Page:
Your dream is not for any prize or accolades. No, it’s because something has weld up inside of you and won’t go away until it is realized. It is the God inside of you telling you this is His plan, His will, His way. But it won’t work itself. So…work it.    

Thursday, June 14, 2012

Oh, So, so Grateful

There is an undeniable rush from getting it off of your chest. Complaining gives us a way of putting it out there, getting them told, saying exactly what we feel. It makes us feel alive and relieves pressure and pain, allows us to shake it off. Thing is, an emotional outlet is a temporary high and worst yet, only benefits the person venting. Besides, emotions are capricious, unreliable; we will know one thing, but feel something completely different.  Complaining may feel good at the onset, but will leave us empty and lacking when it's all said. To be grateful is indeed another animal.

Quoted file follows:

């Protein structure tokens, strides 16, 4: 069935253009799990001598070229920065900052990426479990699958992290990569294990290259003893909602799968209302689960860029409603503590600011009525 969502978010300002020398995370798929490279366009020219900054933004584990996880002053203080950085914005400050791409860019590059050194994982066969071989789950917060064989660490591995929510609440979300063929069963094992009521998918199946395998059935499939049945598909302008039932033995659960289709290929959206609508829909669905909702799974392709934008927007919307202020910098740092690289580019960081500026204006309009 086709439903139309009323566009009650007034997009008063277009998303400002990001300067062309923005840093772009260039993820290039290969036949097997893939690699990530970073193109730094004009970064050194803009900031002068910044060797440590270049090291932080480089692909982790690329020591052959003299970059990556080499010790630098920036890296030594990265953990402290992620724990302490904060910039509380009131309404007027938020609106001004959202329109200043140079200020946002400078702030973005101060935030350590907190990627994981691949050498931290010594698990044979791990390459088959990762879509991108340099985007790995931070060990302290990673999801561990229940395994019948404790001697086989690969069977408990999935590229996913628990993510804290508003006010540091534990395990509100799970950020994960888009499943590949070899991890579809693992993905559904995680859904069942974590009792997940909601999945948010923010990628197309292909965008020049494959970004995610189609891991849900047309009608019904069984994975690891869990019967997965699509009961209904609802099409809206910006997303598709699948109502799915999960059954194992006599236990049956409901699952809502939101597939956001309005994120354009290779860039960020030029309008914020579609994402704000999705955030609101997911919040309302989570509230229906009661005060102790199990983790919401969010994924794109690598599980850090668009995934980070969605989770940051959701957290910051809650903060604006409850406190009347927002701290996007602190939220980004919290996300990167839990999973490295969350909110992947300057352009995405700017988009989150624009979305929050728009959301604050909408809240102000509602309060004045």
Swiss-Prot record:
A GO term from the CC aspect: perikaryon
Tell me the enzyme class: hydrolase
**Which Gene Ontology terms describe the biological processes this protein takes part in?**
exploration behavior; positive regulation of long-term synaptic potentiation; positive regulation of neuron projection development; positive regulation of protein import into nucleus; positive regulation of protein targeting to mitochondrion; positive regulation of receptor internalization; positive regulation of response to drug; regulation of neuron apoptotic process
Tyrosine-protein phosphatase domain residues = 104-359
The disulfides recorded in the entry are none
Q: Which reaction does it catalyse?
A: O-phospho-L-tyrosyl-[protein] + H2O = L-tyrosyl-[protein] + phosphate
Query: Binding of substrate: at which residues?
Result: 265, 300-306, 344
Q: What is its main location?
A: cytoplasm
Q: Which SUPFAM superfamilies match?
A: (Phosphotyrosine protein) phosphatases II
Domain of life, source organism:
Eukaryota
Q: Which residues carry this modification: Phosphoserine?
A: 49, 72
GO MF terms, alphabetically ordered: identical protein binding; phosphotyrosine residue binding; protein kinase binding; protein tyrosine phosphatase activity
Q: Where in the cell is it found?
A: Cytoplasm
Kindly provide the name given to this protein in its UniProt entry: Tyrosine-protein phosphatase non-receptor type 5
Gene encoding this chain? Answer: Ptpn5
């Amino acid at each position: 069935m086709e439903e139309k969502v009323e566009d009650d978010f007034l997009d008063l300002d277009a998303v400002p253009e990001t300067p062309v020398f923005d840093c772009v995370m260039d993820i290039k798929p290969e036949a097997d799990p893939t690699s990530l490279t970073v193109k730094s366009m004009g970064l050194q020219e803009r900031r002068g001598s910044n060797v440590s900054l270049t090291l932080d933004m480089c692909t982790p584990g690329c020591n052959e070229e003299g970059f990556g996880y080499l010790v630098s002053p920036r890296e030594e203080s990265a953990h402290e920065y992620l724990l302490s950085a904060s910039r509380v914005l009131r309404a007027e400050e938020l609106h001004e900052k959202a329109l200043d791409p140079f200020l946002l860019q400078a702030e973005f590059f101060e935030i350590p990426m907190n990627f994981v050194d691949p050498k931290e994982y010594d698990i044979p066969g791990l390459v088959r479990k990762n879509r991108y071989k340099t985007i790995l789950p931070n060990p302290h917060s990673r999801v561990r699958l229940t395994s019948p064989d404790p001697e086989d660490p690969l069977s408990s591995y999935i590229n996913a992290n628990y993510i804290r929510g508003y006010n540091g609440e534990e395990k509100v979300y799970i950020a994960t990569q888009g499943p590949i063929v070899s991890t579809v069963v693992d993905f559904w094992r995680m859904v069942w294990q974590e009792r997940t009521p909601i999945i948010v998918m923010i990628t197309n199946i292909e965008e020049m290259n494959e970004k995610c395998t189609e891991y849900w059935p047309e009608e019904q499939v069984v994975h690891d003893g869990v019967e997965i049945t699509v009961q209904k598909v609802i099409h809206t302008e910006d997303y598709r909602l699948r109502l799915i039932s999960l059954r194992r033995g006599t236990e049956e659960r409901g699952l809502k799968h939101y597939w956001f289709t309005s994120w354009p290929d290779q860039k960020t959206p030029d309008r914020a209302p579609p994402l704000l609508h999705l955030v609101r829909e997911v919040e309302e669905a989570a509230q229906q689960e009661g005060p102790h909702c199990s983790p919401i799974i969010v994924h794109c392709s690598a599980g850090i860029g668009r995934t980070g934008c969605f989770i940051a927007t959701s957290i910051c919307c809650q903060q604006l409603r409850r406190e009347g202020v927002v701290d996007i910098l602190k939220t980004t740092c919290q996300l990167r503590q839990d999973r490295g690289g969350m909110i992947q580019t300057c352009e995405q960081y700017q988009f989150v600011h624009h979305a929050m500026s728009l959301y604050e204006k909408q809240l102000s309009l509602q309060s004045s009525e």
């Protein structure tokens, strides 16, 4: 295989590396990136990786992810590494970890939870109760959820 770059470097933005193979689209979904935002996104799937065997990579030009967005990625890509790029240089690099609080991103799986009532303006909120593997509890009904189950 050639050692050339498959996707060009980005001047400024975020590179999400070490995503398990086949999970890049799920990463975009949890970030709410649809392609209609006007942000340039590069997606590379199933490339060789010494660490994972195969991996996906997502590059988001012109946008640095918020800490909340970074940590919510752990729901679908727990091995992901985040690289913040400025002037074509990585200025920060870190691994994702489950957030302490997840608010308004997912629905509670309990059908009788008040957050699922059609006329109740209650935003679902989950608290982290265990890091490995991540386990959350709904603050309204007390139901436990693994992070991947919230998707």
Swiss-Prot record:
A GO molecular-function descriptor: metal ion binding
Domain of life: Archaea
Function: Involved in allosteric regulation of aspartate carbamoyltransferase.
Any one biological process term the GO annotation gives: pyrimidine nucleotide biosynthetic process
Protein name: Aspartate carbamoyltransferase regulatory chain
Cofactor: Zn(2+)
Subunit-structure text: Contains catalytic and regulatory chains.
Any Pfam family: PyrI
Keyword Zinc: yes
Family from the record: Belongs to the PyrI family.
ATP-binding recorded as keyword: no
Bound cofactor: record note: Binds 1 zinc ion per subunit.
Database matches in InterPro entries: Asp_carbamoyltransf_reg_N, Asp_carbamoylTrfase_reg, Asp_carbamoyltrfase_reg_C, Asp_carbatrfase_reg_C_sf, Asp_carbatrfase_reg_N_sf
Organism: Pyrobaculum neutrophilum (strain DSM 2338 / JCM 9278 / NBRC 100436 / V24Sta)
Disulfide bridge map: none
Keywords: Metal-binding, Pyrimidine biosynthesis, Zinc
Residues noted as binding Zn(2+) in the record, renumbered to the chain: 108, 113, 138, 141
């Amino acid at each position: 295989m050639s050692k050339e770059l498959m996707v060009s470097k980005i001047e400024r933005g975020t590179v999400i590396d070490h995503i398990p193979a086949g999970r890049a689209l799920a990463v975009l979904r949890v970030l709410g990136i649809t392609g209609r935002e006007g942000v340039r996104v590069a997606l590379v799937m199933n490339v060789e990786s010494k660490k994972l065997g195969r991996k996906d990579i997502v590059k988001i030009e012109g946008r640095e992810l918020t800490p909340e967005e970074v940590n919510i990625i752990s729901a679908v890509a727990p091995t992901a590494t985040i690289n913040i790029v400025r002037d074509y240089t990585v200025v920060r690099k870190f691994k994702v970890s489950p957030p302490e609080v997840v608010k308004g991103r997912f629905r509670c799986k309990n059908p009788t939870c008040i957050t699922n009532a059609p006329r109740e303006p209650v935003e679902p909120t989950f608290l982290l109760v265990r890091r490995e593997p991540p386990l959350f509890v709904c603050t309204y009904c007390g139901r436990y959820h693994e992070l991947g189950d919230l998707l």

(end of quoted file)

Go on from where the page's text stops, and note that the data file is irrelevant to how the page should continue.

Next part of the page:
To be thankful is not necessarily instinctive. We are by nature selfish beings. And if we don’t train our hearts to be grateful, we will live in a state of perpetual need—or should I say, never ending want. Most of the times our unthankful attitudes stem from the expectation that our blessings should be presented in a certain way, at a certain time, for all the world to see and admire. But many times they come in subtly, unassuming, providing something here, there and over there. They don’t always come through the beautiful or popular people; no trumpets make the announcement, no grandeur (man how we love grandeur) involved. They often come in the form of unpretentious strangers lending a hand or advice, or circumstances that just somehow work out in our favor. You may see them through ideas or creative thoughts in which, if we act upon them gives us exactly what we need. This requires us to take action. Sometimes we are waiting on the wind and the blessing is in the rain. We miss it because we ignore it-- stubborn and ungrateful because it isn’t the way we imagined it.